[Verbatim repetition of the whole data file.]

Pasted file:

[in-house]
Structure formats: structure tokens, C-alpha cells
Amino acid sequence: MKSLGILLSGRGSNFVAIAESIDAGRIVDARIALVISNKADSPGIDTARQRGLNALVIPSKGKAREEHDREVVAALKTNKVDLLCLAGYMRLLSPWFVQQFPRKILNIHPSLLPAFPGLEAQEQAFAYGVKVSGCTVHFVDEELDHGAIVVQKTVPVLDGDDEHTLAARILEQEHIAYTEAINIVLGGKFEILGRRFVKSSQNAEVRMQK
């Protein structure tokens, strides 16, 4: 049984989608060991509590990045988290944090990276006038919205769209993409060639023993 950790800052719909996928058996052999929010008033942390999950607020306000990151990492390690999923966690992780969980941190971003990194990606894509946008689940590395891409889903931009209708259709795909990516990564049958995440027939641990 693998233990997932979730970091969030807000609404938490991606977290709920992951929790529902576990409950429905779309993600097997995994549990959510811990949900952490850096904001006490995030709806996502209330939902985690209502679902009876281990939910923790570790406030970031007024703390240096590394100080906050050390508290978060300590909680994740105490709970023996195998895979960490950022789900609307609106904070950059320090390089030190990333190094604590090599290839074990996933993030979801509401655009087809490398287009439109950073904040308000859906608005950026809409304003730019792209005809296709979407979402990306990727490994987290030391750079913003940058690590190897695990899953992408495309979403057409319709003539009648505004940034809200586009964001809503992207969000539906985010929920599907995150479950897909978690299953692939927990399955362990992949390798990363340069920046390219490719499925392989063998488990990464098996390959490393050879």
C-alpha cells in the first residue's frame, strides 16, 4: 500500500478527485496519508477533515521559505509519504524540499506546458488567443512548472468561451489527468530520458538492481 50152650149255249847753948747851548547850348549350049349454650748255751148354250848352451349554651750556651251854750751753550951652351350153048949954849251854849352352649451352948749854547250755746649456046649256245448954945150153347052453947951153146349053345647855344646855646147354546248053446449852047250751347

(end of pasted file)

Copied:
[in-house]
Structure formats: structure tokens, C-alpha cells
Amino acid sequence: MKSLGILLSGRGSNFVAIAESIDAGRIVDARIALVISNKADSPGIDTARQRGLNALVIPSKGKAREEHDREVVAALKTNKVDLLCLAGYMRLLSPWFVQQFPRKILNIHPSLLPAFPGLEAQEQAFAYGVKVSGCTVHFVDEELDHGAIVVQKTVPVLDGDDEHTLAARILEQEHIAYTEAINIVLGGKFEILGRRFVKSSQNAEVRMQK
């Protein structure tokens, strides 16, 4: 049984989608060991509590990045988290944090990276006038919205769209993409060639023993 950790800052719909996928058996052999929010008033942390999950607020306000990151990492390690999923966690992780969980941190971003990194990606894509946008689940590395891409889903931009209708259709795909990516990564049958995440027939641990 693998233990997932979730970091969030807000609404938490991606977290709920992951929790529902576990409950429905779309993600097997995994549990959510811990949900952490850096904001006490995030709806996502209330939902985690209502679902009876281990939910923790570790406030970031007024703390240096590394100080906050050390508290978060300590909680994740105490709970023996195998895979960490950022789900609307609106904070950059320090390089030190990333190094604590090599290839074990996933993030979801509401655009087809490398287009439109950073904040308000859906608005950026809409304003730019792209005809296709979407979402990306990727490994987290030391750079913003940058690590190897695990899953992408495309979403057409319709003539009648505004940034809200586009964001809503992207969000539906985010929920599907995150479950897909978690299953692939927990399955362990992949390798990363340069920046390219490719499925392989063998488990990464098996390959490393050879």
C-alpha cells in the first residue's frame, strides 16, 4: 500500500478527485496519508477533515521559505509519504524540499506546458488567443512548472468561451489527468530520458538492481 50152650149255249847753948747851548547850348549350049349454650748255751148354250848352451349554651750556651251854750751753550951652351350153048949954849251854849352352649451352948749854547250755746649456046649256245448954945150153347052453947951153146349053345647855344646855646147354546248053446449852047250751347